There’s been a handful startups that have gone public in the last couple weeks with varying results. SmileDirectClub, Cloudflare, Datadog, and Ping Identity all made their debuts on the public market, and we’ve been here watching it all happen.
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Let’s dive in and see where they’re at.
Most recently, Datadog and Ping went public this week. Pricing above and at the midpoint of their respective ranges, they both saw their stocks surge on their first day of trading.
New York-based Datadog started trading on the public markets on Thursday after setting its price at $27 per share on Wednesday. The company’s stock opened at $40.35, nearly 50 percent higher than the price it set. Datadog’s stock closed at $37.55 on its first day of trading.
At first blush, this is the ideal outcome for tech companies and their private market counterparts. The public market has, at least for now, proven to have an exceptional appetite for companies that are growing fast. Yet the significant pops over also signal that quite a bit of money has been left on the table. But the alternative, which is pricing too high, certainly comes with a touch more embarrassment, as SmileDirectClub has found out.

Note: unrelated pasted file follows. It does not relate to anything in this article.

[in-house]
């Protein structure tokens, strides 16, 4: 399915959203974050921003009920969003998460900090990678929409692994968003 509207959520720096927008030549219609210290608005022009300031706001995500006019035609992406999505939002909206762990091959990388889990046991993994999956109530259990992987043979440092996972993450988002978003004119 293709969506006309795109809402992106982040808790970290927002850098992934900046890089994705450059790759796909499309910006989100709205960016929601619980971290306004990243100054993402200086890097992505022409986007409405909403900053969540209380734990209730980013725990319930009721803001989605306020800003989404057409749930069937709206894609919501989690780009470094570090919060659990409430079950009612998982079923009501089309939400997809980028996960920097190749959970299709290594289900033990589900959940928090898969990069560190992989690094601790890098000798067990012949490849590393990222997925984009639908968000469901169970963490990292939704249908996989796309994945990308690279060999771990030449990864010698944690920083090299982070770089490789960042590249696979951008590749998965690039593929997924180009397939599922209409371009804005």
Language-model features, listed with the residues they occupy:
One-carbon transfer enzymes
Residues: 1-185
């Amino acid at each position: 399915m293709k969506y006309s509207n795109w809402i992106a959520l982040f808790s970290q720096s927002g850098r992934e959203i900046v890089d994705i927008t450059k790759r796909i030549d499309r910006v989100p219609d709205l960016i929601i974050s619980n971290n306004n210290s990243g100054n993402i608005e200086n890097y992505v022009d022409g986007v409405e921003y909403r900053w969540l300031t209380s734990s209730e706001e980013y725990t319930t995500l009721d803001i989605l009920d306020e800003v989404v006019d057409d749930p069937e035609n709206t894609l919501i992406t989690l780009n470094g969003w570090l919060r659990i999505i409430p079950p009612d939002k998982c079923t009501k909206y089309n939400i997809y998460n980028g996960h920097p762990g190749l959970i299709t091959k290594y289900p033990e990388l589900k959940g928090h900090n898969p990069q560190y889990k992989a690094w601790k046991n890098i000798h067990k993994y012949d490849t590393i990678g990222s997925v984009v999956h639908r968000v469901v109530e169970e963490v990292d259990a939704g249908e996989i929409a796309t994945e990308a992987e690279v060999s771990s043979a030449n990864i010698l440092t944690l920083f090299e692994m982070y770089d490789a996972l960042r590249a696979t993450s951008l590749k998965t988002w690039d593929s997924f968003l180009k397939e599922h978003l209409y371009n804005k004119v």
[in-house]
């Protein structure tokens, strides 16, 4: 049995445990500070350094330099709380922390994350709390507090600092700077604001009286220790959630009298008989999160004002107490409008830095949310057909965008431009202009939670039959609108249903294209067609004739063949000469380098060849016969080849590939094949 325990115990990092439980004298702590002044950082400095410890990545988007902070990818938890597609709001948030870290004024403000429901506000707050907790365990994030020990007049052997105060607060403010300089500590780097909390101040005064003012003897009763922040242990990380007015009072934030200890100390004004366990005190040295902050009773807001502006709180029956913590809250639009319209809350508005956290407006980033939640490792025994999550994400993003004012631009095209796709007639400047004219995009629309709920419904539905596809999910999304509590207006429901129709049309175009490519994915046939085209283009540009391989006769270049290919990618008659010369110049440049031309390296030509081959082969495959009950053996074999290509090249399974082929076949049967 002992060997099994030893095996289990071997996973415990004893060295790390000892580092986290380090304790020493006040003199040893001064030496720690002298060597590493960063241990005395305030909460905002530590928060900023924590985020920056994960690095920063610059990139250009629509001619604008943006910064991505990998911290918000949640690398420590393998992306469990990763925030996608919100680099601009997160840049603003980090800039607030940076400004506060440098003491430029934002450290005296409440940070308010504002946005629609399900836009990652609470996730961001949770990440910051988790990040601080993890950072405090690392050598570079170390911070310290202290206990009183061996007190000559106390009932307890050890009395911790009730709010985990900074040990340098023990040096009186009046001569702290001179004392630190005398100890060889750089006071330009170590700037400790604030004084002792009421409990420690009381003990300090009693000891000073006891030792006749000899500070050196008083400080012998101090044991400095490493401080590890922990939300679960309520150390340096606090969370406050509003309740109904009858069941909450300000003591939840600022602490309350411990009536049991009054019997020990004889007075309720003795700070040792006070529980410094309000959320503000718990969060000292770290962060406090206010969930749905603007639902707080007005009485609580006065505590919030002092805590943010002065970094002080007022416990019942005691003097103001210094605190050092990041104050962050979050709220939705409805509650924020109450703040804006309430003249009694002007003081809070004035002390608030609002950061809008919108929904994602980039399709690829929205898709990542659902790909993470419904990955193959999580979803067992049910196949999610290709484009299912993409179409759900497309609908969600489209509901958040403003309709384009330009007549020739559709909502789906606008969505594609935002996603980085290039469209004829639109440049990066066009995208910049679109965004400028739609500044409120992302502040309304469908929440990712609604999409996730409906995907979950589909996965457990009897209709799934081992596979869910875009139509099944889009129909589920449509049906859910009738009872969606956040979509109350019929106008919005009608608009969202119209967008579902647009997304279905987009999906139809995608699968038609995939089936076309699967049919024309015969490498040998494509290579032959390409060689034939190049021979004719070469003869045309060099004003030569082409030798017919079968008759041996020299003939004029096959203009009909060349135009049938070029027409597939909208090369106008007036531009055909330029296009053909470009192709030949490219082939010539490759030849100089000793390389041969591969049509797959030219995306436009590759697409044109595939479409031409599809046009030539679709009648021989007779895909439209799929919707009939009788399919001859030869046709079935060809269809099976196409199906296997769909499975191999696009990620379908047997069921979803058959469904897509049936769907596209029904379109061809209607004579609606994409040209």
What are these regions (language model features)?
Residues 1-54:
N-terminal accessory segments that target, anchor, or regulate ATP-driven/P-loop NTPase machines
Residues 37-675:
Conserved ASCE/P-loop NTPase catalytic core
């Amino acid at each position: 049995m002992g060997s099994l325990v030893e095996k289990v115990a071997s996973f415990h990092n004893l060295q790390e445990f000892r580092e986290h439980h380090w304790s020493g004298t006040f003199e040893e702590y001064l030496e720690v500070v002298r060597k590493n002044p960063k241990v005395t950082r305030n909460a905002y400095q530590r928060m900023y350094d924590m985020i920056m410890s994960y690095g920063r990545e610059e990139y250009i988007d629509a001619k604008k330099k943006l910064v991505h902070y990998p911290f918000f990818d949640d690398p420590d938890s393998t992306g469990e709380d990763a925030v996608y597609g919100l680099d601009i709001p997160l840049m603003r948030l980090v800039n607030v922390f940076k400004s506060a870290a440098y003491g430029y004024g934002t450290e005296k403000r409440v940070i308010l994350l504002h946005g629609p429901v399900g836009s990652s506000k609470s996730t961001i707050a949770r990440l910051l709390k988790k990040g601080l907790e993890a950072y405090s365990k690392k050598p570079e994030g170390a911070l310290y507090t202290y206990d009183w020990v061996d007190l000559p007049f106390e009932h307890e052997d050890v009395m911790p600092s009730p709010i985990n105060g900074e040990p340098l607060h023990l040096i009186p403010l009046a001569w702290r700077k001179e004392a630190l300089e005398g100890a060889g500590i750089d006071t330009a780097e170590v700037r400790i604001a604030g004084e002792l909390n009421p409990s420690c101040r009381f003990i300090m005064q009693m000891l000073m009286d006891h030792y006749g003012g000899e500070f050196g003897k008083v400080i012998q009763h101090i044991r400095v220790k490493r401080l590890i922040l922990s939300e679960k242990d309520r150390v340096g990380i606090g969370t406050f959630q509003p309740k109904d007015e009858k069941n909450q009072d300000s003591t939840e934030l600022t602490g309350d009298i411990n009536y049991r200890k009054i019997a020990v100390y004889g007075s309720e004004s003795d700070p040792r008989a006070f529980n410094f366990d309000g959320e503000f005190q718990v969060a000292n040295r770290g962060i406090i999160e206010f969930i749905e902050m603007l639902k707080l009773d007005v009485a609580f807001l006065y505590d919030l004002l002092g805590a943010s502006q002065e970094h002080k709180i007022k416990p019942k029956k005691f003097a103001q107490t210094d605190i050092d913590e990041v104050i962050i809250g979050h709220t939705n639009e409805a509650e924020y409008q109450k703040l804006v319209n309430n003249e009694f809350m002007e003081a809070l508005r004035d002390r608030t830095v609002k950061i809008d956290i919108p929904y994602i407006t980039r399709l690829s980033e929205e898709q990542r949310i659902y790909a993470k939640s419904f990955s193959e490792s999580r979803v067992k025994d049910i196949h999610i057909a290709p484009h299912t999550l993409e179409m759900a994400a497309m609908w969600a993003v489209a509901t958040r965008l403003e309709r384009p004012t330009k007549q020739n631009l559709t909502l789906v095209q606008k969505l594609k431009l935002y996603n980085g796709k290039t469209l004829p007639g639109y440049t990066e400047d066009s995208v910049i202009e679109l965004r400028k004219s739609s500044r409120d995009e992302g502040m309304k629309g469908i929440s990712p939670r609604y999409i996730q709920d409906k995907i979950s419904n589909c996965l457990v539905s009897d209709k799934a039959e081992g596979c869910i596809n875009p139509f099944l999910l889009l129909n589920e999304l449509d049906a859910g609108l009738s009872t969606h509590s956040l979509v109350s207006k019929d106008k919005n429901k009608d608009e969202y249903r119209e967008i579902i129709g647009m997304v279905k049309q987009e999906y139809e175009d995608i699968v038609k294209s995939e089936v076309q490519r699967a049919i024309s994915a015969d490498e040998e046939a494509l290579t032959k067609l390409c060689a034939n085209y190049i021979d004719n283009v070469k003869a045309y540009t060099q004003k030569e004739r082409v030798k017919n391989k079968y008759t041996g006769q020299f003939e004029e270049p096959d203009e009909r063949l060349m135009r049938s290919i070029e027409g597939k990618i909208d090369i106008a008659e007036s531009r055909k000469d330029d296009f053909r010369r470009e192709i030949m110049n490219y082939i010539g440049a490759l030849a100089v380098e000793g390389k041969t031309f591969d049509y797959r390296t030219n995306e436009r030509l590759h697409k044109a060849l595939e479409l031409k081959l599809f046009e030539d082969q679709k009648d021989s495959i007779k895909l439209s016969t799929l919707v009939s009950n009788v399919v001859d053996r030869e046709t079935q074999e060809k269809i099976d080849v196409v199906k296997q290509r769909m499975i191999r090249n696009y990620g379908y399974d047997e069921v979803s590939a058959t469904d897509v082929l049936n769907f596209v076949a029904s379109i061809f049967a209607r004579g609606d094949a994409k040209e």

The Nashville-based DIY teeth straightening company priced its shares at $23 apiece before it started trading publicly last week. Its stock closed 28 percent below its price on its first day of trading and still hasn’t hit the $23 per share price the company thought it was worth. SmileDirectClub’s stock closed at $18.64 per share on Thursday.
Cloudflare’s had a pretty good near-week on the public markets so far. The company priced its shares at $15 apiece and opened at $18 per share on its first day of trading last week. Cloudflare’s stock was trading at $18.75 at the close of markets on Thursday.
We’ll continue to track late-stage companies’ IPOs as they come (Peloton next week!)
Illustration Credit: Li-Anne Dias